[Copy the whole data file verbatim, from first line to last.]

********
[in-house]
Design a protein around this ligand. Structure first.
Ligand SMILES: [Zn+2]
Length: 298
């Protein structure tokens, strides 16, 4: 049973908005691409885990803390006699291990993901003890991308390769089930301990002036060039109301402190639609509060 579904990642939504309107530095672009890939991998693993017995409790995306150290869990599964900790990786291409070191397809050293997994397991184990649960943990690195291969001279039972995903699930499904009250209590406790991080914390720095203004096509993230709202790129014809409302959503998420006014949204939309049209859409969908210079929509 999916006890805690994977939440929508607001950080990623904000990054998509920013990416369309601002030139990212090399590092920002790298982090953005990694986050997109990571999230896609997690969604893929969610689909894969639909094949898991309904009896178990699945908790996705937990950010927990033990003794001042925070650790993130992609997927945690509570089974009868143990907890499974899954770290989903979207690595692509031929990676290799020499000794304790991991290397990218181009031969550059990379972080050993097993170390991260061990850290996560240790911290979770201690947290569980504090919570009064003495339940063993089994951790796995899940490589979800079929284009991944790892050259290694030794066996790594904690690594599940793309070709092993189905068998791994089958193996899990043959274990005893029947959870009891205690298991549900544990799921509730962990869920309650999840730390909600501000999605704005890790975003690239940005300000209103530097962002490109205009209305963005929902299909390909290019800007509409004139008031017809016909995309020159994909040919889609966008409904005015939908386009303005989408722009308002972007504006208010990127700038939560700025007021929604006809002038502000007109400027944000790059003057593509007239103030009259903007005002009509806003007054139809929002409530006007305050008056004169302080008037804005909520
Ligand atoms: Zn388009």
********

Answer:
[in-house]
Design a protein around this ligand. Structure first.
Ligand SMILES: [Zn+2]
Length: 298
């Protein structure tokens, strides 16, 4: 049973908005691409885990803390006699291990993901003890991308390769089930301990002036060039109301402190639609509060 579904990642939504309107530095672009890939991998693993017995409790995306150290869990599964900790990786291409070191397809050293997994397991184990649960943990690195291969001279039972995903699930499904009250209590406790991080914390720095203004096509993230709202790129014809409302959503998420006014949204939309049209859409969908210079929509 999916006890805690994977939440929508607001950080990623904000990054998509920013990416369309601002030139990212090399590092920002790298982090953005990694986050997109990571999230896609997690969604893929969610689909894969639909094949898991309904009896178990699945908790996705937990950010927990033990003794001042925070650790993130992609997927945690509570089974009868143990907890499974899954770290989903979207690595692509031929990676290799020499000794304790991991290397990218181009031969550059990379972080050993097993170390991260061990850290996560240790911290979770201690947290569980504090919570009064003495339940063993089994951790796995899940490589979800079929284009991944790892050259290694030794066996790594904690690594599940793309070709092993189905068998791994089958193996899990043959274990005893029947959870009891205690298991549900544990799921509730962990869920309650999840730390909600501000999605704005890790975003690239940005300000209103530097962002490109205009209305963005929902299909390909290019800007509409004139008031017809016909995309020159994909040919889609966008409904005015939908386009303005989408722009308002972007504006208010990127700038939560700025007021929604006809002038502000007109400027944000790059003057593509007239103030009259903007005002009509806003007054139809929002409530006007305050008056004169302080008037804005909520
Ligand atoms: Zn388009």